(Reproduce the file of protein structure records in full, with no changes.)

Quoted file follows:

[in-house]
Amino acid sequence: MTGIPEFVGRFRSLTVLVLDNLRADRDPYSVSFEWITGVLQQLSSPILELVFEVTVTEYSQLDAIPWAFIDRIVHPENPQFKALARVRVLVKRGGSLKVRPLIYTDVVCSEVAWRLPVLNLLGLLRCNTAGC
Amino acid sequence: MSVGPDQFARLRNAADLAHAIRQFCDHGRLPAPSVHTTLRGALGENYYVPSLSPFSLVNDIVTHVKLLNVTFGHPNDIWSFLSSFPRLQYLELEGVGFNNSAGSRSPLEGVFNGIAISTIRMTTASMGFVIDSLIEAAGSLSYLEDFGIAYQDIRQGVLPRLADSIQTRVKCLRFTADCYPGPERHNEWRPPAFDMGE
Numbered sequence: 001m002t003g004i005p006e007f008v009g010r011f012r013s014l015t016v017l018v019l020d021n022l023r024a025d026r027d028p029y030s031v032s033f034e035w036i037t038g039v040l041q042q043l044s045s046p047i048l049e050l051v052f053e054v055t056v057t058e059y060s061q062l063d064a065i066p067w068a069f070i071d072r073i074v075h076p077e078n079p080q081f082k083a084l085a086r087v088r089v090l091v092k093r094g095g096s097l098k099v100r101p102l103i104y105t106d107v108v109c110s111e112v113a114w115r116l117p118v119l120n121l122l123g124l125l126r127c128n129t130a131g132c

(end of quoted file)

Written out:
[in-house]
Amino acid sequence: MTGIPEFVGRFRSLTVLVLDNLRADRDPYSVSFEWITGVLQQLSSPILELVFEVTVTEYSQLDAIPWAFIDRIVHPENPQFKALARVRVLVKRGGSLKVRPLIYTDVVCSEVAWRLPVLNLLGLLRCNTAGC
Amino acid sequence: MSVGPDQFARLRNAADLAHAIRQFCDHGRLPAPSVHTTLRGALGENYYVPSLSPFSLVNDIVTHVKLLNVTFGHPNDIWSFLSSFPRLQYLELEGVGFNNSAGSRSPLEGVFNGIAISTIRMTTASMGFVIDSLIEAAGSLSYLEDFGIAYQDIRQGVLPRLADSIQTRVKCLRFTADCYPGPERHNEWRPPAFDMGE
Numbered sequence: 001m002t003g004i005p006e007f008v009g010r011f012r013s014l015t016v017l018v019l020d021n022l023r024a025d026r027d028p029y030s031v032s033f034e035w036i037t038g039v040l041q042q043l044s045s046p047i048l049e050l051v052f053e054v055t056v057t058e059y060s061q062l063d064a065i066p067w068a069f070i071d072r073i074v075h076p077e078n079p080q081f082k083a084l085a086r087v088r089v090l091v092k093r094g095g096s097l098k099v100r101p102l103i104y105t106d107v108v109c110s111e112v113a114w115r116l117p118v119l120n121l122l123g124l125l126r127c128n129t130a131g132c